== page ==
Showing posts with the label Little Horn

End of the Indignation

In chapter 7, the timeframe during which the “ little horn ” is authorized to wage war “ against the saints ” is described as a “ time, times, and part of a time .” At the end of the period, this malevolent ruler will lose his domain. In chapter 8, the angel Gabriel describes it as “ the END OF THE INDIGNATION, for at the appointed time will be an end .” However horrific the “ desolation ” might be, it will not last forever.

Little Horn - Interpretation

The second half of the seventh chapter interprets the vision that concluded in a judgment and with a declaration. The one “ like a Son of Man ” received the kingship from the “ Ancient of Days ” so now “ all peoples, races, and tongues should render homage to him; his dominion was an everlasting dominion, which should not pass away ” - (Daniel 7:9-14).

Arrogant King of the North

Beginning with the division of the Greek empire, the angel outlines the coming conflicts between two of the subsequent realms that will culminate in the rise of a “ contemptible ” ruler. Previously, the rise and division of the Greek empire were portrayed in the vision of the “Ram” and of the “ Goat ,” representing the realms of the “ Medes and Persians ” and “ Greece ,” respectively.

Desolating Abomination

SYNOPSIS – Literary context is vital for understanding the “Abomination that Desolates” in the book of Daniel - Daniel 9:27.  The climax of the “ seventy weeks ” prophecy is the appearance of the “ abomination that desolates ” in the final half of the “ seventieth week .” What is this “ abomination ”? When did it appear? Is it a yet future reality? Investigations seeking to answer these and similar questions must begin with what  book of Daniel  has to say about it. Moreover, the reference to it in the “ seventy weeks ” prophecy is neither the first nor the last word on the matter. Interpreting the “ abomination ” in isolation from the larger context of  Daniel  will not produce accurate answers.

Boastful Mouth

In  Revelation , the “ little horn ” is  NOT  explicitly named but its characteristics are present in the “ Beast from the sea .” But the book does not retell the same story without changes. Instead, it modifies and repurposes it to tell  ITS  story. The “ Beast ” is based on Daniel’s “ little horn ,” but it also is something beyond it, and arguably, far worse.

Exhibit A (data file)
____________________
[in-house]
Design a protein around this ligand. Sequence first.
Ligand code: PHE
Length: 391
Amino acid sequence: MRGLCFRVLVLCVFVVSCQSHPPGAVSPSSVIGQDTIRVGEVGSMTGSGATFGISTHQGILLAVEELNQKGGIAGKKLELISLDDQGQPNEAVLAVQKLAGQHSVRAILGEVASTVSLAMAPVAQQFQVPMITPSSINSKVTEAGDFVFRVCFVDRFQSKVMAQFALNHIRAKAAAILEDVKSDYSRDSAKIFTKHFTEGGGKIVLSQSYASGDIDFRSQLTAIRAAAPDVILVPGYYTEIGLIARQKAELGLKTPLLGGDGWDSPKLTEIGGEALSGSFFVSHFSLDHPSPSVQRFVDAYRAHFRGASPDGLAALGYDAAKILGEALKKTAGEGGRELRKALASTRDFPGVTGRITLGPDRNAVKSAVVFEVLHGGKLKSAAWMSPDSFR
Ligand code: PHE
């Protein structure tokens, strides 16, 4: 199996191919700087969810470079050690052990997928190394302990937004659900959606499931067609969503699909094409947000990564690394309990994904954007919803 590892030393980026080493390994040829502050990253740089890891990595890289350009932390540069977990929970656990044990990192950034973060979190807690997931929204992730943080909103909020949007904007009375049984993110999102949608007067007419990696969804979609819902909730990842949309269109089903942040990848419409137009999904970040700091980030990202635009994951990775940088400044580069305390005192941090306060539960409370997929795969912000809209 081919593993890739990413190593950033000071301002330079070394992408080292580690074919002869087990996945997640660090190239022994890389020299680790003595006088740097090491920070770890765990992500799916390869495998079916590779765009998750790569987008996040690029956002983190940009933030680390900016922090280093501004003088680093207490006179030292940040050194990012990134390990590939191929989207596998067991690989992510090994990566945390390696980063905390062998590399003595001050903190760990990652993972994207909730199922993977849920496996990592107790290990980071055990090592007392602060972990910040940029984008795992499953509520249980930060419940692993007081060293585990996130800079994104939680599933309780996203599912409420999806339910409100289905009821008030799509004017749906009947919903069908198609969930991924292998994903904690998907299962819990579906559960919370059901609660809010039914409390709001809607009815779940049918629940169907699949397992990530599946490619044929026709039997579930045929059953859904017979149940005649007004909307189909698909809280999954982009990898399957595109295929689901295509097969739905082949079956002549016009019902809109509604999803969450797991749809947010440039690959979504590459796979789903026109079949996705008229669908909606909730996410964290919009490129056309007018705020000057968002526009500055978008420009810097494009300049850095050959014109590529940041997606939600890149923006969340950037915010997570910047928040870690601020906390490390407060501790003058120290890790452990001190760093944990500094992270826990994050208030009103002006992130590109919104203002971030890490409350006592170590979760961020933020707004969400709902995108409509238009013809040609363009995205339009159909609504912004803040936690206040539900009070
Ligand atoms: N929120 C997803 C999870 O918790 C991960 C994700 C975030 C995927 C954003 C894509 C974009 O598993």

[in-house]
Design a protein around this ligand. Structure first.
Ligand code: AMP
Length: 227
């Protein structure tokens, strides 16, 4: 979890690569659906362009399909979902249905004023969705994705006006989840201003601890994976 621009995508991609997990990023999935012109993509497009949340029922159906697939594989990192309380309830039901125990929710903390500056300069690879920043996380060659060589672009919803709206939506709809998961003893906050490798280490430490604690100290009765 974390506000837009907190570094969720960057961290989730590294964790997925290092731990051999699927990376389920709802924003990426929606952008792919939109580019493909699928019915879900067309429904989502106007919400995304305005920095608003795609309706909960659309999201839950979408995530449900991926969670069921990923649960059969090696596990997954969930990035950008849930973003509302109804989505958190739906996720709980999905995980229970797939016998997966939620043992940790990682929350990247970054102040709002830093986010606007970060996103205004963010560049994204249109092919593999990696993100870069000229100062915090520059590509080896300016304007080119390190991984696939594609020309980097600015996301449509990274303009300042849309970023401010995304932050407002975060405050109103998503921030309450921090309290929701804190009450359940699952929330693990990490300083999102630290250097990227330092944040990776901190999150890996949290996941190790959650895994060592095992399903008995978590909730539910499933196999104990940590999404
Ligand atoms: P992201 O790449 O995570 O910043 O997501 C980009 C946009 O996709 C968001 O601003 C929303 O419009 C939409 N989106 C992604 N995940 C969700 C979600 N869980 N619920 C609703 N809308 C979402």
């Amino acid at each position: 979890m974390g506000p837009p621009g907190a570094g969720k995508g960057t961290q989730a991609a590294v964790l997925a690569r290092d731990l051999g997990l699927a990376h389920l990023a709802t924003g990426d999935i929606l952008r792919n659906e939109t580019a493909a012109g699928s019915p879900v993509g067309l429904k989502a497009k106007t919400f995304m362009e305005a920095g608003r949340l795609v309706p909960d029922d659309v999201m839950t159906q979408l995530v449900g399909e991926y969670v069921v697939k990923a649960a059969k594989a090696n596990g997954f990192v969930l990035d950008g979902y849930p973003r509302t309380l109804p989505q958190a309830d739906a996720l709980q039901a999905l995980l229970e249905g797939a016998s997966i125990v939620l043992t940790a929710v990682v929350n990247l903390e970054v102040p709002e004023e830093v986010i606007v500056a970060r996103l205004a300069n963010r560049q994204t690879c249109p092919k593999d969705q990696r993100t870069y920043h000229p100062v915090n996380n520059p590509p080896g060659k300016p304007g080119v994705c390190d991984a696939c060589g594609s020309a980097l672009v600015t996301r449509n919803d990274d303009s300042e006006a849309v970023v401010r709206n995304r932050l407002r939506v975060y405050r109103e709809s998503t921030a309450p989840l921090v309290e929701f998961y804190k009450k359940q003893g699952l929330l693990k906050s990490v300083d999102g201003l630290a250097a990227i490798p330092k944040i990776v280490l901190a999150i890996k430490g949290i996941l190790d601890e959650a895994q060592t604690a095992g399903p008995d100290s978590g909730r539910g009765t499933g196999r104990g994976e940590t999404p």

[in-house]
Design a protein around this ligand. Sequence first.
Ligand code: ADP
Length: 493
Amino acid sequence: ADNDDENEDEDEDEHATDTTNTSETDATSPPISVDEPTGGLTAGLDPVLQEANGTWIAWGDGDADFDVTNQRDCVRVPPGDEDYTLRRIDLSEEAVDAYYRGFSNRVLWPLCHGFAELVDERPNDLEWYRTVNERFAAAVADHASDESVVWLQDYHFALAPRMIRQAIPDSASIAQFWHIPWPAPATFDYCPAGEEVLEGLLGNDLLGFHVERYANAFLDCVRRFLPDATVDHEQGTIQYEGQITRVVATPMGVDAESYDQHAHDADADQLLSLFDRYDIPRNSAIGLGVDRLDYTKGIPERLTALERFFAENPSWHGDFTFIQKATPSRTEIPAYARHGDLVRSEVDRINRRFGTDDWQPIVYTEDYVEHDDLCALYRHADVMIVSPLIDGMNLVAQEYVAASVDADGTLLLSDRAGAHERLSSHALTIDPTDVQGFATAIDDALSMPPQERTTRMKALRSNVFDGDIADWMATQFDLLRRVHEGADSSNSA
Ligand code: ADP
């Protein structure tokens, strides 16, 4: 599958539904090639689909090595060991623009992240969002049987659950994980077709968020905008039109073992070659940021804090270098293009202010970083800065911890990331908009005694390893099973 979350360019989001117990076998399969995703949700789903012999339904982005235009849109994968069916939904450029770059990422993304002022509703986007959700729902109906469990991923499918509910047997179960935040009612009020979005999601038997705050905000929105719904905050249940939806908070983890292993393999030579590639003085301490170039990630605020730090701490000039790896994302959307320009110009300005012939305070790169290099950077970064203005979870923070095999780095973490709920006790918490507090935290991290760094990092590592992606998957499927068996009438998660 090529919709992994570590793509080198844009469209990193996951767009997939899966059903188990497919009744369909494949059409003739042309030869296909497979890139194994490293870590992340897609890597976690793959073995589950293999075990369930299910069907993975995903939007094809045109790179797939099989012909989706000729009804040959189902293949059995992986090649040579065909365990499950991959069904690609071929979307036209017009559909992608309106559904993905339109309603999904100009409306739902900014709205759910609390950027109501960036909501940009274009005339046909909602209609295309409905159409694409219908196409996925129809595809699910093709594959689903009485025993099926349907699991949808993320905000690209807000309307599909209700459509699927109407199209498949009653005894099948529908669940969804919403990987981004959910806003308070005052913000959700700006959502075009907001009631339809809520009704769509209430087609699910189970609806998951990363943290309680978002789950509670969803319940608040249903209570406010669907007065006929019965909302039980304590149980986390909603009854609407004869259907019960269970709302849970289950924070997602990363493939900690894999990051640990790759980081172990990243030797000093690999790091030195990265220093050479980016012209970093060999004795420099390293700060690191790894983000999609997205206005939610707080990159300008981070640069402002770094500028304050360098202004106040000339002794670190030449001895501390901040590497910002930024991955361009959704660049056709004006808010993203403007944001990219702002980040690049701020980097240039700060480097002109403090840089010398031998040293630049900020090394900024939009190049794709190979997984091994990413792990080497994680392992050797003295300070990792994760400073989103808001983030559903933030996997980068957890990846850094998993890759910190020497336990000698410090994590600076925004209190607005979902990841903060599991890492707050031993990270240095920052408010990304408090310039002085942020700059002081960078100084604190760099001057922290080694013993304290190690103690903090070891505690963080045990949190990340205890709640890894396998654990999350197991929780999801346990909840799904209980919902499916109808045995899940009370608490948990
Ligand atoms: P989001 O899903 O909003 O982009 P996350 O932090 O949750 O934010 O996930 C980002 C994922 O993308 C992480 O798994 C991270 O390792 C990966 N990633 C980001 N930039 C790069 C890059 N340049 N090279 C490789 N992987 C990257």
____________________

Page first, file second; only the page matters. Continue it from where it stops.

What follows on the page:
Two Little Horns?

The figure called the “ little horn ” figures prominently in Daniel’s visions. It is explicitly named in the visions of the “ fourth beast ” and the “ ram and goat .” It is reasonable to assume both visions portray the same figure. The historical references in the first vision are enigmatic, in the second, they are explicit.

Little Horn - Son of Destruction

The “little horn” in Daniel becomes the model for the “man of lawlessness” described by Paul in Thessalonians .  In his visions, Daniel saw a malevolent ruler called variously the “ little horn ,” the “ king of fierce countenance ,” the “ contemptible one ,” and the “ king who does according to his will .” This figure was an arrogant ruler with a “ mouth speaking great things ” who profaned the sanctuary, caused the cessation of the daily burnt offering, erected the “ abomination that desolates ” in the Temple, and “ exalted himself against God .”

Fourth Beast

The fourth beast is the focus of the vision, especially its little horn with a mouth speaking great things .  The fourth “ beast ” is presented in more detail than the first three.  It is the center of the vision. The other “ beasts ” provide background information for the rise of this kingdom. Unlike the first three, it has no analog in the animal kingdom. It is an unnatural creature with “ iron teeth ” and “ ten horns .”

Four Beasts in One

In the 13th chapter of Revelation, the single “ Beast from the Sea ” displays the same animal characteristics of the four creatures that Daniel saw ascending from the sea. John’s “ beast ” is from the same lineage, but it is also something more. It certainly is not identical to the “ fourth beast ” with the “ little horn ,” though it incorporates many of its attributes.

Little Horn - Identity

The image of the “ little horn ” is a key component of Daniel’s visions. It represents a king from one of the four Hellenic kingdoms that evolved from Alexander the Great’s short-lived empire. Passages in Daniel concerning this figure also provide Paul with the outline for his “ man of lawlessness ” in  2 Thessalonians .

King of Fierce Countenance

Next, Daniel receives the interpretation of his vision of the “ ram and goat .” In chapter 7, only the first “ beast ” can be identified with certainty – Babylon. In contrast, in the interpretation in chapter 8, two of the four kingdoms are identified by name, the kingdom of the “ Medes and Persians ” and “ Greece .”

Ram, Goat, Little Horn

Next, Daniel receives a vision of a “ ram ” and a “ goat .” The ram represents the kingdom of the “ Medes and Persians ,” and the goat the kingdom of Greece, beginning with its first great king who overthrew the “ ram .” The vision is followed by an interpretation provided by an angelic figure.

Four Beasts – Interpretation

The vision of the fourth beast, its little horn, and the war it wages on the saints is interpreted for Daniel by an angel .  Daniel’s vision of the four beasts “ from the sea ” concludes with a judgment scene. In it, the figure “ like a Son of Man ” approaches the “ Ancient of Days ” and receives everlasting “ dominion .” His vision leaves Daniel confused and troubled, but an angel provides him with the interpretation.